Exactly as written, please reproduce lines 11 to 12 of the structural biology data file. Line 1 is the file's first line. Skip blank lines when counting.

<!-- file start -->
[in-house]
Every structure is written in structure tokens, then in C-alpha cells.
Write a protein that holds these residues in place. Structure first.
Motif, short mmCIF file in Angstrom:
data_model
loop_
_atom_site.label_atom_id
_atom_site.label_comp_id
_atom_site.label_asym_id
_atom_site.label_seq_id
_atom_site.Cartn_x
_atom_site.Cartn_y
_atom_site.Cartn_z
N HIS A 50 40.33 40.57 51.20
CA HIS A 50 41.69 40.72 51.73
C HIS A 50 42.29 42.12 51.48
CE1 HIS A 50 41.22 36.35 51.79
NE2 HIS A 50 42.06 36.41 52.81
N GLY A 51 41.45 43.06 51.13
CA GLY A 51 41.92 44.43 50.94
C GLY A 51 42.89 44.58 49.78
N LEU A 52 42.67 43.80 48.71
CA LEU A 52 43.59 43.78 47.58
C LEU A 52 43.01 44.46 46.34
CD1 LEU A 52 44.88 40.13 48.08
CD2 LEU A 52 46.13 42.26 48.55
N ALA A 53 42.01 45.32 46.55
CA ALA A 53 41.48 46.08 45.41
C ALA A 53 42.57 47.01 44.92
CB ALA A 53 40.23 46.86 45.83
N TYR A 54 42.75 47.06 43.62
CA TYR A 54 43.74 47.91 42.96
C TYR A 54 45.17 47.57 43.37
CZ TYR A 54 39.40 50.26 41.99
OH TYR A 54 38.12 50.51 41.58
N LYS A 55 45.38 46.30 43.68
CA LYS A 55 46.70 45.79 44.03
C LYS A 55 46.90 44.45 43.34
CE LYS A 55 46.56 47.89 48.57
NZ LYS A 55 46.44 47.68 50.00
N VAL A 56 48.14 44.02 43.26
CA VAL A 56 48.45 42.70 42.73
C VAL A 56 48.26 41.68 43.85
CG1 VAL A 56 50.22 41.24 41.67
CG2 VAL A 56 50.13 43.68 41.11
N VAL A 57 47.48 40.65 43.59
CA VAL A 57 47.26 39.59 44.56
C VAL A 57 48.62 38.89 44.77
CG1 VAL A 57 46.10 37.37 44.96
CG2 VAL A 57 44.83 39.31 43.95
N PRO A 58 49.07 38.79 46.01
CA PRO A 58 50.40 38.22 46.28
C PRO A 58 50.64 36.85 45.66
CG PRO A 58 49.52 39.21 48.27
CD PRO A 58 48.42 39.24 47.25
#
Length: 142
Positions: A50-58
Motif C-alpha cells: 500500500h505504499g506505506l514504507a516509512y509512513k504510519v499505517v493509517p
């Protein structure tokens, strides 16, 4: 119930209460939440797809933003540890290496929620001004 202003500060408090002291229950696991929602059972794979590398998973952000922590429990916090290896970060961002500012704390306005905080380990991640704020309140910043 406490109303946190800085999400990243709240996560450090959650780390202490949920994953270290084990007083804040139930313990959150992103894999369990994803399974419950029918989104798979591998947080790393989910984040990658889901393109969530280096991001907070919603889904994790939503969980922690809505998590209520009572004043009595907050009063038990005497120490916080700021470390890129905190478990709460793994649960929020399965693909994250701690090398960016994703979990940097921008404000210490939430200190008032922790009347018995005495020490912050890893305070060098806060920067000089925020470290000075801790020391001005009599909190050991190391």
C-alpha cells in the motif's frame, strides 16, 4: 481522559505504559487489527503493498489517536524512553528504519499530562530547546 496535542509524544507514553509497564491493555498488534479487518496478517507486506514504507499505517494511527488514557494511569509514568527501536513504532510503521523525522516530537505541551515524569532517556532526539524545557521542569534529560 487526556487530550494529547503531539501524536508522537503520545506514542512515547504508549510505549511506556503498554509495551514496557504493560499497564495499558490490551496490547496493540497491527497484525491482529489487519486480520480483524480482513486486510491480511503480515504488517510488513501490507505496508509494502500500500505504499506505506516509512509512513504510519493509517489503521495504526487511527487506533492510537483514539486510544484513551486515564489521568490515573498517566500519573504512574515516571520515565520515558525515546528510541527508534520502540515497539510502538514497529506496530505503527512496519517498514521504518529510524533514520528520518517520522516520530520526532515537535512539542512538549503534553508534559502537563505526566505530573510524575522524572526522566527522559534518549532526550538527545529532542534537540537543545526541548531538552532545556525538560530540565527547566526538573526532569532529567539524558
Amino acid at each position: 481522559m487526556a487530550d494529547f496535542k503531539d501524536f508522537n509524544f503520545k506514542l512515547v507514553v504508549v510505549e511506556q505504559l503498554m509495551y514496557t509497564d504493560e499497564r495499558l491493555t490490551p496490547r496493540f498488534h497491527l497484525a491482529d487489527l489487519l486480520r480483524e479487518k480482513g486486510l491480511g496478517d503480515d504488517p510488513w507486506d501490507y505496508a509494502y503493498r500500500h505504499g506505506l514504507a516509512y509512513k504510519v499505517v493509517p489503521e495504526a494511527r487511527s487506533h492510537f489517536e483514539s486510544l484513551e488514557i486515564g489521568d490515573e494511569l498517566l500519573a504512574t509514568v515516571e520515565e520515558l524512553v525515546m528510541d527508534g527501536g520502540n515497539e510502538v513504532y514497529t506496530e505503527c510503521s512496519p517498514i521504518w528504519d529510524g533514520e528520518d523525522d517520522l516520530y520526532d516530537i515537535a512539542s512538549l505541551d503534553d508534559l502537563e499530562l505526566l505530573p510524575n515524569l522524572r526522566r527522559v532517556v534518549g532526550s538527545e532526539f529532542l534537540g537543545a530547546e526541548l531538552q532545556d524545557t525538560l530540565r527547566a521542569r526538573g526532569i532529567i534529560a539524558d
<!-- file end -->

_atom_site.Cartn_x
_atom_site.Cartn_y